The fact that the entire gamut of issues arising from terrorist attacks and relentless communal violence could not be appropriately addressed is one major point of concern. Similarly, the ongoing global financial crisis and its impact on our economy and financial system, which has brought about a great air of uncertainty, is yet another major question. And, not to speak of so many other challenges which continue to disrupt the life and livelihood of the overwhelming majority of our people.

By avoiding parliament, the government has, in effect, refused to redeem its accountability to not only the legislature but also to the people of this country. And, in the wake of such blatant violation of the spirit of parliamentary accountability – it is necessary to point out that such a course is also resulting in a complete negation of the legitimacy of the government. In fact, if one goes through the volumes of Constituent Assembly debates, it will be obvious that the Constitutional scheme envisaged the accountability of the executive as the cornerstone of its legitimacy.

That the government will be bereft of any legitimacy was more than apparent when it manipulated the majority during the trust vote. And, the majority that was mustered was, in itself, constructed through series of opportunistic compromises and extraneous considerations. That such a majority, which had nothing to do with the confidence and support of the people, would be extremely tenuous was also apparent. It is such an unacceptable course that has now led to the government repeatedly adjourning session after a very few sittings. But, they arrogantly refuse to convene a fresh session. That this is a ploy to avoid the possibility of a further no confidence motion is the only plausible explanation for such an obstinate refusal.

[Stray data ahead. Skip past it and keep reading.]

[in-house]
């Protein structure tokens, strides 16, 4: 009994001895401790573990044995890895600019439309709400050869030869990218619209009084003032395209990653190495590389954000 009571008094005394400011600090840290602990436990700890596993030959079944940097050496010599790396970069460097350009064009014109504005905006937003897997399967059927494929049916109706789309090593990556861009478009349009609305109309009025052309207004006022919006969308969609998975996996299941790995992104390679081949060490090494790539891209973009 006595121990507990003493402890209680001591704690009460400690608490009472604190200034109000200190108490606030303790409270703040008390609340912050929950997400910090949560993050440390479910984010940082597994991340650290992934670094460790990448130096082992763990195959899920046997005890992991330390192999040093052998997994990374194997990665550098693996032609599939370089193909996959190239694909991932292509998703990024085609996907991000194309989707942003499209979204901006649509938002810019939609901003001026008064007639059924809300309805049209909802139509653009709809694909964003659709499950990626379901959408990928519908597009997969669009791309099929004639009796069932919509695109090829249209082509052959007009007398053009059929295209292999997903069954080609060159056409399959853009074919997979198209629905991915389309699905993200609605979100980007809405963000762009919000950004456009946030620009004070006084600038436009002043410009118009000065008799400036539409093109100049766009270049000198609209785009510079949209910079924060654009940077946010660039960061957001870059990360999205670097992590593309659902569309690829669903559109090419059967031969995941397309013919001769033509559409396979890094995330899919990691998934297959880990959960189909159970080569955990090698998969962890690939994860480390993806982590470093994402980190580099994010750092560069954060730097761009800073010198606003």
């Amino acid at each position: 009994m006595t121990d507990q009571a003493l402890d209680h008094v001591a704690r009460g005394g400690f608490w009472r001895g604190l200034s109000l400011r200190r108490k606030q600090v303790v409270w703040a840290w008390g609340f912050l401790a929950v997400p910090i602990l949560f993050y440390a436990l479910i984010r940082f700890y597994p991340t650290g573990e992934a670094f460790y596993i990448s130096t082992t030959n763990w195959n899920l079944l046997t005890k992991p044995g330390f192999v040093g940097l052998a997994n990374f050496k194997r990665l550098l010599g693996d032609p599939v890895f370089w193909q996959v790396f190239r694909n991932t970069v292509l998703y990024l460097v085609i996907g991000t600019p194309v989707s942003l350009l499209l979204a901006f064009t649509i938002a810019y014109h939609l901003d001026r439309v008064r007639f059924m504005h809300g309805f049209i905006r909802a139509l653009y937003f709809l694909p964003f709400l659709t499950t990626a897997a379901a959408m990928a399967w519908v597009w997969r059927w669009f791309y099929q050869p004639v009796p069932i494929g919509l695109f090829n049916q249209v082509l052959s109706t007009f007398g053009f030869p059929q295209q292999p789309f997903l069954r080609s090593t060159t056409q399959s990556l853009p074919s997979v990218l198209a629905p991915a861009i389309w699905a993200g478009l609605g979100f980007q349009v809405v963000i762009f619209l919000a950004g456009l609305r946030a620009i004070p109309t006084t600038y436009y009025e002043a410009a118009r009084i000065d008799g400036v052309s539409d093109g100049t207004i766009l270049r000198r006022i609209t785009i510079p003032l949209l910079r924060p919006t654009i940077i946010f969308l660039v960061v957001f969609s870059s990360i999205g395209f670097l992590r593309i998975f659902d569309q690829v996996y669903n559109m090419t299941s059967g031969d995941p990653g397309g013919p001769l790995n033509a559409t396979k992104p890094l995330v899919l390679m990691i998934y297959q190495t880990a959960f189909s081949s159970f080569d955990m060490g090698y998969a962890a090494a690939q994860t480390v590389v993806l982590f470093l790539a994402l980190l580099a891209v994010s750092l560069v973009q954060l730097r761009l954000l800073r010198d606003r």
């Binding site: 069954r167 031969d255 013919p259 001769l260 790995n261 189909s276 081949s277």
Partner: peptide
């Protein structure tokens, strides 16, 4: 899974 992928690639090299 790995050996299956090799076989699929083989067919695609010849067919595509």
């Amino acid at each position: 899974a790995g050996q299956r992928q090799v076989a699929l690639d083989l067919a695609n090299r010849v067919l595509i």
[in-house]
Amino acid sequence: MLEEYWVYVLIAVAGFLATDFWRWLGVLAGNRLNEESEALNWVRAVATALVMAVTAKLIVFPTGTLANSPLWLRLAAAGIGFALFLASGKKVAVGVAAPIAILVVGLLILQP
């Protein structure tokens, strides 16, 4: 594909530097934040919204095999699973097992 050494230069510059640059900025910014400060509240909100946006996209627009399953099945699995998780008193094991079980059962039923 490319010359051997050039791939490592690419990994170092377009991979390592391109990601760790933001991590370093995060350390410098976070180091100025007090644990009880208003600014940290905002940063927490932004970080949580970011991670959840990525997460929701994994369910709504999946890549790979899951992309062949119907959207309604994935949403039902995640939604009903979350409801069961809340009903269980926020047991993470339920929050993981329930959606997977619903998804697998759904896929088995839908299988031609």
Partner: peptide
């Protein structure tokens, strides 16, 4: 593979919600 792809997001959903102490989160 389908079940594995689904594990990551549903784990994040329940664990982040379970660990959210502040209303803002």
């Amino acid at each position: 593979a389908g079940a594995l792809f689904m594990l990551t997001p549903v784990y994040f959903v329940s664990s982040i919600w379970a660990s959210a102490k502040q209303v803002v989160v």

One cannot but be reminded of the fact that the government which is clearly undermining the role of the legislature is led by the same party which, in the past, has breached the continuity of five year terms for the Lok Sabha and extended its tenure in order to perpetuate the executive’s term beyond the tenure provided for in the Constitution through the declaration of internal emergency in 1975.

The Subversion from Within

In the wake of such assault on the parliament by the government, the resistance of the opposition is a prerequisite to sustain the powers of the legislature. That is how parliamentary democracy works and sustains all over the world.

But, in the present phase, this was not to be. In fact, it is outrageous that it was the leader of the opposition himself who proposed the adjournment of the session. It is clear, as it was in the past, that the principal opposition is not interested in enforcing accountability. Neither does it have any inclination to pin down the government on its omissions and commissions particularly on burning issues facing the people. Additionally, the latest round of vicious campaign of communal hate and violence which is engulfing the religious minorities of this country in a great sense of insecurity and fear could further expose the complicity of the principal opposition – the BJP – in perpetrating such a dangerous course.